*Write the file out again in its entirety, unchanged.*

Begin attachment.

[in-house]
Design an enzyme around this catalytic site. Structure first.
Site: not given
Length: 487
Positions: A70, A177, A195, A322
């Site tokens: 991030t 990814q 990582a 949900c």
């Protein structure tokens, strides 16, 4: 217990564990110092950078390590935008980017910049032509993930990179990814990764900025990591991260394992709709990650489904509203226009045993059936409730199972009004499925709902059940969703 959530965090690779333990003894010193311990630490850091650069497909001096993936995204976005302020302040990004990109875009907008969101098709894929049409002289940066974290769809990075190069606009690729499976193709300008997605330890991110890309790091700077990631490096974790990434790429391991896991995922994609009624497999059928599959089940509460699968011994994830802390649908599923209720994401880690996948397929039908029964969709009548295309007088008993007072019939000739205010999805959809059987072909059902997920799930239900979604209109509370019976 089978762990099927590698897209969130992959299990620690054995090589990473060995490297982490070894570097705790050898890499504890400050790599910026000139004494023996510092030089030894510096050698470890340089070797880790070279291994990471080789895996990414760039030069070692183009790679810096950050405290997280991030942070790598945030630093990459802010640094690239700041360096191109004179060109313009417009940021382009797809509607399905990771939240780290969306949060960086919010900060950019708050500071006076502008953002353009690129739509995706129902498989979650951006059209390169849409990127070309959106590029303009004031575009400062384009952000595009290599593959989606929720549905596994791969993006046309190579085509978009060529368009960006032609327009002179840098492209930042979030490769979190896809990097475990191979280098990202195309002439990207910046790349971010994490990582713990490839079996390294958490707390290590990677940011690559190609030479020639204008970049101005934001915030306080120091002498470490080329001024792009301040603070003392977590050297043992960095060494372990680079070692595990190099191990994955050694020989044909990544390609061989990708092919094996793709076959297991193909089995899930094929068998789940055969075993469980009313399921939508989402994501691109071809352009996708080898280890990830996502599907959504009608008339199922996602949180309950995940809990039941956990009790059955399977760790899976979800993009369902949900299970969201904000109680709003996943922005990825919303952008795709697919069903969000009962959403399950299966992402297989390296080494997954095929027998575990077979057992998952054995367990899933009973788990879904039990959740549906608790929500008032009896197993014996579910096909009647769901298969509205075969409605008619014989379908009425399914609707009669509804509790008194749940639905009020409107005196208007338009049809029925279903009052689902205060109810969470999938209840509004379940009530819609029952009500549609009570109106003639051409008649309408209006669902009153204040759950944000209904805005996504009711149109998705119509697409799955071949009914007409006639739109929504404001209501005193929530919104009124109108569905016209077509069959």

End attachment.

[in-house]
Design an enzyme around this catalytic site. Structure first.
Site: not given
Length: 487
Positions: A70, A177, A195, A322
């Site tokens: 991030t 990814q 990582a 949900c």
């Protein structure tokens, strides 16, 4: 217990564990110092950078390590935008980017910049032509993930990179990814990764900025990591991260394992709709990650489904509203226009045993059936409730199972009004499925709902059940969703 959530965090690779333990003894010193311990630490850091650069497909001096993936995204976005302020302040990004990109875009907008969101098709894929049409002289940066974290769809990075190069606009690729499976193709300008997605330890991110890309790091700077990631490096974790990434790429391991896991995922994609009624497999059928599959089940509460699968011994994830802390649908599923209720994401880690996948397929039908029964969709009548295309007088008993007072019939000739205010999805959809059987072909059902997920799930239900979604209109509370019976 089978762990099927590698897209969130992959299990620690054995090589990473060995490297982490070894570097705790050898890499504890400050790599910026000139004494023996510092030089030894510096050698470890340089070797880790070279291994990471080789895996990414760039030069070692183009790679810096950050405290997280991030942070790598945030630093990459802010640094690239700041360096191109004179060109313009417009940021382009797809509607399905990771939240780290969306949060960086919010900060950019708050500071006076502008953002353009690129739509995706129902498989979650951006059209390169849409990127070309959106590029303009004031575009400062384009952000595009290599593959989606929720549905596994791969993006046309190579085509978009060529368009960006032609327009002179840098492209930042979030490769979190896809990097475990191979280098990202195309002439990207910046790349971010994490990582713990490839079996390294958490707390290590990677940011690559190609030479020639204008970049101005934001915030306080120091002498470490080329001024792009301040603070003392977590050297043992960095060494372990680079070692595990190099191990994955050694020989044909990544390609061989990708092919094996793709076959297991193909089995899930094929068998789940055969075993469980009313399921939508989402994501691109071809352009996708080898280890990830996502599907959504009608008339199922996602949180309950995940809990039941956990009790059955399977760790899976979800993009369902949900299970969201904000109680709003996943922005990825919303952008795709697919069903969000009962959403399950299966992402297989390296080494997954095929027998575990077979057992998952054995367990899933009973788990879904039990959740549906608790929500008032009896197993014996579910096909009647769901298969509205075969409605008619014989379908009425399914609707009669509804509790008194749940639905009020409107005196208007338009049809029925279903009052689902205060109810969470999938209840509004379940009530819609029952009500549609009570109106003639051409008649309408209006669902009153204040759950944000209904805005996504009711149109998705119509697409799955071949009914007409006639739109929504404001209501005193929530919104009124109108569905016209077509069959």